Simply getting people to even wear special glasses isn't the biggest problem. The real issue is that the glasses that work with the current version of "active" 3D TVs require crystal shutter glasses, which work by very quickly blocking each eye in sequence. The glasses, in addition to the liquid-crystal lenses, contain electronics and batteries, typically good for 80 or more hours, that sync to the TV via an infrared or Bluetooth signal. These glasses cost about $150 a pop. And to make matters worse, glasses made for one manufacturer's TV won't work with a competitor's TV, even though it uses the same "active" 3D technology.
One company that makes 3D eyewear,glasses. The company has been manufacturing 3D glasses for movie theaters in Europe and Asia for years, and it is now moving to make the glasses work for people's homes as well.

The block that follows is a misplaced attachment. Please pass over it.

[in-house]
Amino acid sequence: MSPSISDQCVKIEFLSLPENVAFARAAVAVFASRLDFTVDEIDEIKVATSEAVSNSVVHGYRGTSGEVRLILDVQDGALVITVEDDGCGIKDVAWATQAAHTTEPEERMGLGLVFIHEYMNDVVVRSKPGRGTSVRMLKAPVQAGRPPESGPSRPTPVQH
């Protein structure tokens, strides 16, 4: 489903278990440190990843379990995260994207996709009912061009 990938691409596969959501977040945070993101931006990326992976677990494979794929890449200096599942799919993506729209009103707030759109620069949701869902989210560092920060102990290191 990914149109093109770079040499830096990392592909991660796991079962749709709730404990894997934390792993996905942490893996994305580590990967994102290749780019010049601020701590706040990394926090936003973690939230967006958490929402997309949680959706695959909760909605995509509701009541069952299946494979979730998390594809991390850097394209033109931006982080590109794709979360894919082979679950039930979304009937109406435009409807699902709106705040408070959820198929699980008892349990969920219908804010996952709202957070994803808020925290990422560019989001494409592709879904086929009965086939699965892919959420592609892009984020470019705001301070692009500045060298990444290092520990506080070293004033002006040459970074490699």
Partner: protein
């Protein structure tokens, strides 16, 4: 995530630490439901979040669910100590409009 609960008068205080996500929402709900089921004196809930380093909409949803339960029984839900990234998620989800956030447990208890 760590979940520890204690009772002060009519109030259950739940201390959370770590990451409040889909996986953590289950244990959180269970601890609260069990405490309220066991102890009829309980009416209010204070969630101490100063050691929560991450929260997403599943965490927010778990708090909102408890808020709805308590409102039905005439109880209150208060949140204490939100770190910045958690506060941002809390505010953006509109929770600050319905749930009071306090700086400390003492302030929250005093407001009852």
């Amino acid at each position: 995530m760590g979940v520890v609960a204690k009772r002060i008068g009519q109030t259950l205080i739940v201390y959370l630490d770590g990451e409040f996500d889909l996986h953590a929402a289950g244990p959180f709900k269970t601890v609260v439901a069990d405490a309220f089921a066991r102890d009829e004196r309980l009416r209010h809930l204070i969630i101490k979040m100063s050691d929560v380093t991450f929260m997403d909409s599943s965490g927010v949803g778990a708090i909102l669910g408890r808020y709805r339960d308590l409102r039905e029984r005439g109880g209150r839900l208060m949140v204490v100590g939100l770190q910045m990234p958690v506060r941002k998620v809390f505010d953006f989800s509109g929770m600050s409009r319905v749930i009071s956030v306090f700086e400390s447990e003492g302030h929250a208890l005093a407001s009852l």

But even these glasses, which are supposed to be available in June, won't be cheap, setting consumers back between $125 and $150 each.
A more advanced version of the 3D TV technology called "passive" 3D doesn't require battery powered glasses. Viewers can wear cheap glasses that many people are already wearing in theaters for 3D movies like "Up" and "Avatar." Instead of spending $150, these glasses cost only about $1 to $1.50 a piece. That said, the passive 3D TVs are likely to be more expensive. Exactly, how much more expensive is unclear.
Some people estimate that these TVs will be $500 to $1,000 more expensive than the active 3D TVs.
It's also still unclear when TVs using passive 3D technology will hit the U.S. market. Comcast demonstrated an LG TV in New York this week that uses passive 3D technology. Comcast's technical expert Mark Francisco said he was told the TV would be on the market here this summer, but LG's U.S. public relations team said it wasn't expecting any passive 3D TVs in the U.S. this year.